Review: La Belle Époque
- CANNES 2019: Out of competition, Nicolas Bedos presents a second feature as delicious as it is ingenious, a change of scenery (and set) and a reflection on our times
It is best to go blind into Nicolas Bedos’ La Belle Époque [+see also:
interview: Nicolas Bedos
film profile], screened out of competition at the 72nd Cannes Film Festival; to let yourself be taken by surprise and carried away from the very first scene, which is in fact made of several interlocking scenes. In this structure — the film’s great asset, its beginning and its end — one can already feel the glee, the vertigo, and the elation of the film’s mise en scene. This idea of being transported (not “where”, but “when”) is at the heart of the project created by Antoine (Guillaume Canet) who, with the great help of impressive sets and costumes, offers trips back in time. You can ask for anything: a dinner at the King’s court at the time of the monarchy, a drunken evening with Hemingway…
But make no mistake: Bedos’ film is more than a play with the banal idea of the “mise en abyme” or film-within-a-film, which many will no doubt complacently linger on when discussing La Belle Époque. Written by Bedos, the intelligent and tight screenplay is cloaked with levity to conceal an amalgam of powerful, universal themes (love, the passage of time, the gulf between generations, what comes through nevertheless, and what remains across different eras...). The film also touches on ideas more specifically relevant to our confusing times, where everything seems to become dematerialised and omnipresent machines are doing everything for us…
This disorientation before technological “progress” is embodied here by Victor (Daniel Auteuil, more moving than ever), a satirical cartoonist left behind by the digitisation of the press. Despite his Victor-ious name, he seems at first to be the biggest loser in a world fully embraced by his wife Marianne (the vivacious and sublime Fanny Ardant), to the point where she is even willing to do without her husband after forty years spent together. Aimless and abandoned, Victor decides to take advantage of the “voucher for one free travel through time” that his son has offered him: he returns to 1974, the time when he first met Marianne. In her young version, as reconstituted by Antoine, Marianne is played by Doria Tillier — an actress who will have many names throughout the film, depending on the people she’s impersonating.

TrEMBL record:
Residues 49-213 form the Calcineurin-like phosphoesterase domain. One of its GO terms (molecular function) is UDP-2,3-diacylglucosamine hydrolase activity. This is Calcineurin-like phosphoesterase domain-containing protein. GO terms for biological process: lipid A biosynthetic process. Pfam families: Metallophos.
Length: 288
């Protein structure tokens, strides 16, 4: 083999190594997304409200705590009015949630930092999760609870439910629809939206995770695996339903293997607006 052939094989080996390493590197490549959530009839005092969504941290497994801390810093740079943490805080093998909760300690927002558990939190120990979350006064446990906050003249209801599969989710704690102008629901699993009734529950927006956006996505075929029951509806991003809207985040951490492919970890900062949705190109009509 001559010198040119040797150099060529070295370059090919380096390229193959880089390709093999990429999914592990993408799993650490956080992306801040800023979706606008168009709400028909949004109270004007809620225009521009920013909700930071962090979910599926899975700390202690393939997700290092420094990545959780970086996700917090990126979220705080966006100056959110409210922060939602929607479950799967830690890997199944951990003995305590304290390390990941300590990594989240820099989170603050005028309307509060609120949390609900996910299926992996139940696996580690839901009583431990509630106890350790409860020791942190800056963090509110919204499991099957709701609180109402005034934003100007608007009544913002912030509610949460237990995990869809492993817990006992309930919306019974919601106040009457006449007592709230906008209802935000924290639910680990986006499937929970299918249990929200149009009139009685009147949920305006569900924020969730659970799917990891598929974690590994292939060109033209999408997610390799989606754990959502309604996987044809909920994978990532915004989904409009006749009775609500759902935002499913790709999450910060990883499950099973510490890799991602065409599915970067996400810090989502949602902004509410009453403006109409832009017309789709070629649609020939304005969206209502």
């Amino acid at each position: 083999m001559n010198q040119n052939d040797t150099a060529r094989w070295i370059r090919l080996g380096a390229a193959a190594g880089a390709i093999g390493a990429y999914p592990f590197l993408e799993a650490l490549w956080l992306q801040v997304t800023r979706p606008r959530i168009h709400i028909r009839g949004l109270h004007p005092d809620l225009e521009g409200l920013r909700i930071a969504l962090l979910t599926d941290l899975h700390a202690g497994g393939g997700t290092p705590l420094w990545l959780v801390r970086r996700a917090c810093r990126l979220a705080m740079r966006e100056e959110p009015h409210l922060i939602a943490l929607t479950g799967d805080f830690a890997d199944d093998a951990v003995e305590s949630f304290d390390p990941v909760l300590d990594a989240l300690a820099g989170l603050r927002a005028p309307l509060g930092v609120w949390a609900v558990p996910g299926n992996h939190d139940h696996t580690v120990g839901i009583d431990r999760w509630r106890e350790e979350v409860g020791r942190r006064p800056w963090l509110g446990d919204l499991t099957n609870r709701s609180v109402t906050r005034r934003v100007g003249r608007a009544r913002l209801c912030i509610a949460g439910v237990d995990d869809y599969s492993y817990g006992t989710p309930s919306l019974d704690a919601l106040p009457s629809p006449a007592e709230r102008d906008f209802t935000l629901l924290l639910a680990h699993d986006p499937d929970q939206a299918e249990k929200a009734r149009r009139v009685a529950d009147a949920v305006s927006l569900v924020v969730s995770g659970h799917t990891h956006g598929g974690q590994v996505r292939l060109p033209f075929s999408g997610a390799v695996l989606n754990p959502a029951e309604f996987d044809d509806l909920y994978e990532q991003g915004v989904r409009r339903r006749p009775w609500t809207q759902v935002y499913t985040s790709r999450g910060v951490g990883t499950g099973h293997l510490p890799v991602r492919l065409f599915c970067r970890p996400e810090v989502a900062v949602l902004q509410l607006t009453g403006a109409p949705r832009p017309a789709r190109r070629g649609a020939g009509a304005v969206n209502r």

No more shall be said about the story (it would be a shame to whisper it all in the viewer’s ear…), except to stress that part of the joy in following it is due to the beautiful revenge that the bygone era when we would talk to each other without looking at our phones takes upon our present time — where everything is so “on demand” that we almost forget to live our own lives ourselves, to the point where we risk living phony ones. This candid revenge is that of Victor, the only one of Antoine’s “clients” who does not choose to relive someone else’s life but rather his own (it is no surprise that Antoine, a self-made man slightly intoxicated with his own power, sees him as a bit of a father figure). But Victor does not lose sight of the fact that life can not be lived again identically, and that the beauty of that copy will largely come from its imperfections. Indeed, Marianne’s delight in using modern gadgets cannot compare with the exquisite suffering of reality’s bite. As Marianne says, in a sigh like only Fanny Ardant can make them, “It feels terrible! It feels good!”
La Belle Époque, irresistible for all of those reasons and because the beautiful band of actors gathered here (which also includes Pierre Arditi and Denis Podalydès) seems to be having loads of fun, was produced by Les Films du Kiosque. Pathé Films is in charge of French distribution and of international sales.
(Translated from French)
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